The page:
New research indicates that although Black people are still more likely than any other race to be imprisoned, the rate of imprisonment has fallen 34% since 2006.

Pew Research Center examined data from a new report from the Bureau of Justice Statistics, the statistical agency of the U.S. Justice Department, that provided detailed information on inmates sentenced to more than a year in state or federal prison.

While overall imprisonment has fallen sharply for all races, it has declined mostly for Black people, Pew reported. In 2006, there were 2,261 Black inmates per 100,000 Black adults in the United States, and that number had fallen to 1,501 by the end of 2018.

The same rates fell 26% for Hispanics and 17% among white people. By 2018, there were 268 white incarcerated individuals per 100,000 white adults and 797 for Hispanics. 

"There were 2,272 inmates per 100,000 black men in 2018, compared with 1,018 inmates per 100,000 Hispanic men and 392 inmates per 100,000 white men. The rate was even higher among black men in certain age groups: Among those ages 35 to 39, for example, about one-in-twenty black men were in state or federal prison in 2018 (5,008 inmates for every 100,000 black men in this age group)," the report stated.

These figures, however, leave out Black people that are being held in local jails or who have been given shorter sentences. 

Since the end of slavery, and even before that, Black people have far outnumbered any other race in the country's prisons. Despite representing just 12% of the country's population, Black people account for 33% of the prison population, Pew reported. White Americans are 63% of the population yet only account for 30% of all those imprisoned. 

A 2017 report from the Stanford Center on Poverty and Inequality found that one out of every 10 Black children has a parent behind bars.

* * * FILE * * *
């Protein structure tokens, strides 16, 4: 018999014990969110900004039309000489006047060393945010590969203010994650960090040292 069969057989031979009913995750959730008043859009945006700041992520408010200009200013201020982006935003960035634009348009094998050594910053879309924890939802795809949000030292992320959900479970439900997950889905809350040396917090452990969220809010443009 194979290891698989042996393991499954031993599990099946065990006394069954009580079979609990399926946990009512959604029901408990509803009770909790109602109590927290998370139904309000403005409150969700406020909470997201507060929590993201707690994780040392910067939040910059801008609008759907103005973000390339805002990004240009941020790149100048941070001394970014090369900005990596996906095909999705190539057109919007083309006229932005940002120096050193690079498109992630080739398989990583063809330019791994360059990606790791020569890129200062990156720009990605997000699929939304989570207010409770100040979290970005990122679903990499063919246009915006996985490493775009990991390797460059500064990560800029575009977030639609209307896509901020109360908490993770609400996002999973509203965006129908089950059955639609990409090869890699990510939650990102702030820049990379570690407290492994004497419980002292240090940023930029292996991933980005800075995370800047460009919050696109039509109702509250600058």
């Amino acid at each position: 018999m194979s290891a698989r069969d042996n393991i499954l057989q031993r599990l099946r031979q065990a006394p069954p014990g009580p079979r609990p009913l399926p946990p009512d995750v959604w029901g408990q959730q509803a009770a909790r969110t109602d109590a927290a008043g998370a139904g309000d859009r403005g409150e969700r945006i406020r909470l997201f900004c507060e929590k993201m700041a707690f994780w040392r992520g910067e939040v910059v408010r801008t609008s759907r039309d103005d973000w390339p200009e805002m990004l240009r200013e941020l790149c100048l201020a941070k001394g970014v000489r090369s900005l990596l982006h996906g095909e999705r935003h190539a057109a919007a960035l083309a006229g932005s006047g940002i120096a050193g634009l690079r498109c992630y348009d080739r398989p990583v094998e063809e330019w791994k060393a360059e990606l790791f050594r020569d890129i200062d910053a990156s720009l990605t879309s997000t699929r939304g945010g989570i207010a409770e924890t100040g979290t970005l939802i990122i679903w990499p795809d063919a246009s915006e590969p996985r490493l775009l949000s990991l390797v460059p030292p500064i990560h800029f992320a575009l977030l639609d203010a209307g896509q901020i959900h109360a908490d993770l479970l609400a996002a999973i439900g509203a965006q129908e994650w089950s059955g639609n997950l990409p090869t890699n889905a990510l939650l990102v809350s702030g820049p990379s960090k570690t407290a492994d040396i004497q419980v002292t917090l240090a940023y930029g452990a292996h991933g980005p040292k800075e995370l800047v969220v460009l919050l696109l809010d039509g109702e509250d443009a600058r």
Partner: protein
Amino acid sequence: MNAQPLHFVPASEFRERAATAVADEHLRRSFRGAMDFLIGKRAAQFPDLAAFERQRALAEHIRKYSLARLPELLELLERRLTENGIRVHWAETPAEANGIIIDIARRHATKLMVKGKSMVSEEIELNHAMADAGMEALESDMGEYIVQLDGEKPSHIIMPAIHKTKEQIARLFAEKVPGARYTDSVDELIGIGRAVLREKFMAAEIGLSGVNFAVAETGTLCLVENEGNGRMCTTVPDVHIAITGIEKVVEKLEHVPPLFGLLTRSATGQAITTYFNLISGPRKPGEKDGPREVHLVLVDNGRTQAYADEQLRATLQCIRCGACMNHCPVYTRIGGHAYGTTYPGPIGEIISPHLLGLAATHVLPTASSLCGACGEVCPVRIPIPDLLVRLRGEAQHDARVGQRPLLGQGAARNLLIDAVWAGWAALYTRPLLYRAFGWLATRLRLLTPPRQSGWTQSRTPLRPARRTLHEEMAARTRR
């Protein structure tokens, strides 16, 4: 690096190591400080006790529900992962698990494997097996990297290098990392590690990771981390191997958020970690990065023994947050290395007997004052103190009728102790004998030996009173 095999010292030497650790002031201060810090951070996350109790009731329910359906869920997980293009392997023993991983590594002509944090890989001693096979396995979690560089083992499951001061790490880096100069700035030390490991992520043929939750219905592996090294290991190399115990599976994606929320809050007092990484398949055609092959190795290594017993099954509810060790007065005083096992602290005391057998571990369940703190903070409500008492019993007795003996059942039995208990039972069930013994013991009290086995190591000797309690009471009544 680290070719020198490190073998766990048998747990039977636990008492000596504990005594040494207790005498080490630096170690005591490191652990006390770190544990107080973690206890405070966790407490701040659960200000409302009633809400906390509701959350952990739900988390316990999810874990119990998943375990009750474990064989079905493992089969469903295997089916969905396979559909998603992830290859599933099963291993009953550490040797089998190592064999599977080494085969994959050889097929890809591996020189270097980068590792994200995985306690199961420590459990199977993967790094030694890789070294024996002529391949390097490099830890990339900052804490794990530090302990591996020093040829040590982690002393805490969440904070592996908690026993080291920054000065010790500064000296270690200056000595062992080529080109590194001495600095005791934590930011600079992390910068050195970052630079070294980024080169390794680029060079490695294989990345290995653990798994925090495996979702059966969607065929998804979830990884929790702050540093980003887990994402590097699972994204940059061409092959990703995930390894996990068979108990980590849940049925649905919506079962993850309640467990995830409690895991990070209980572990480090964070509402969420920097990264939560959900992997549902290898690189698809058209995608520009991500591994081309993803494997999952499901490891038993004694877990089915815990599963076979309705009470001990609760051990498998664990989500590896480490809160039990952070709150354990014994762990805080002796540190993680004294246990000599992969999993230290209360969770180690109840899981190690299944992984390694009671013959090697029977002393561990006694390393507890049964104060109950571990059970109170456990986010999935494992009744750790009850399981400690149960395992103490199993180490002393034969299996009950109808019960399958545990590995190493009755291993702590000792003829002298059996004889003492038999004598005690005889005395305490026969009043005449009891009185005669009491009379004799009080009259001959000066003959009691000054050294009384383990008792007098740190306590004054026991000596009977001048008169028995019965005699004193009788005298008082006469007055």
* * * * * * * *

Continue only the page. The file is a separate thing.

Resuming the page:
For decades, the United States has had the world's highest incarceration rate, locking up a larger share of its population than any other country. However, the rate is falling for a variety of reasons. The latest report shows that overall incarceration has come down 17% due in no small part to massive decreases in the crime rate.

According to FBI statistics cited by Pew, the property crime rate from 1993 to 2018 dropped steeply by 54% while the U.S. violent crime rate decreased by 51% in the same time period.

The Pew study also attributes the overall drop to the decline in the incarceration of Black people, which social scientists have tried to theorize for years. While still double that of white women, the incarceration rate for Black women fell 30% between 2000 and 2009, according to the nonprofit The Sentencing Project.

In a 2015 statement to The Marshall Project, The New Jim Crow author Michelle Alexander said, “Until we learn the true value of the lives we have wasted, and until we truly reckon with our nation’s history … and until we muster, as a nation, a willingness to invest heavily in the communities that have suffered the most, we will find ourselves in an endless cycle of reform and retrenchment — periods of apparent progress followed by the creation of new systems of racial and social control."

Other researchers attribute the falling rates to the overall shift of law enforcement from focusing on crack and cocaine to meth and opioids. 

The recent Pew report also highlights that the total number of Black people sentenced to prison has fallen below 500,000 and now stands at 465,200. The number was nearly 600,000 by the end of 2006.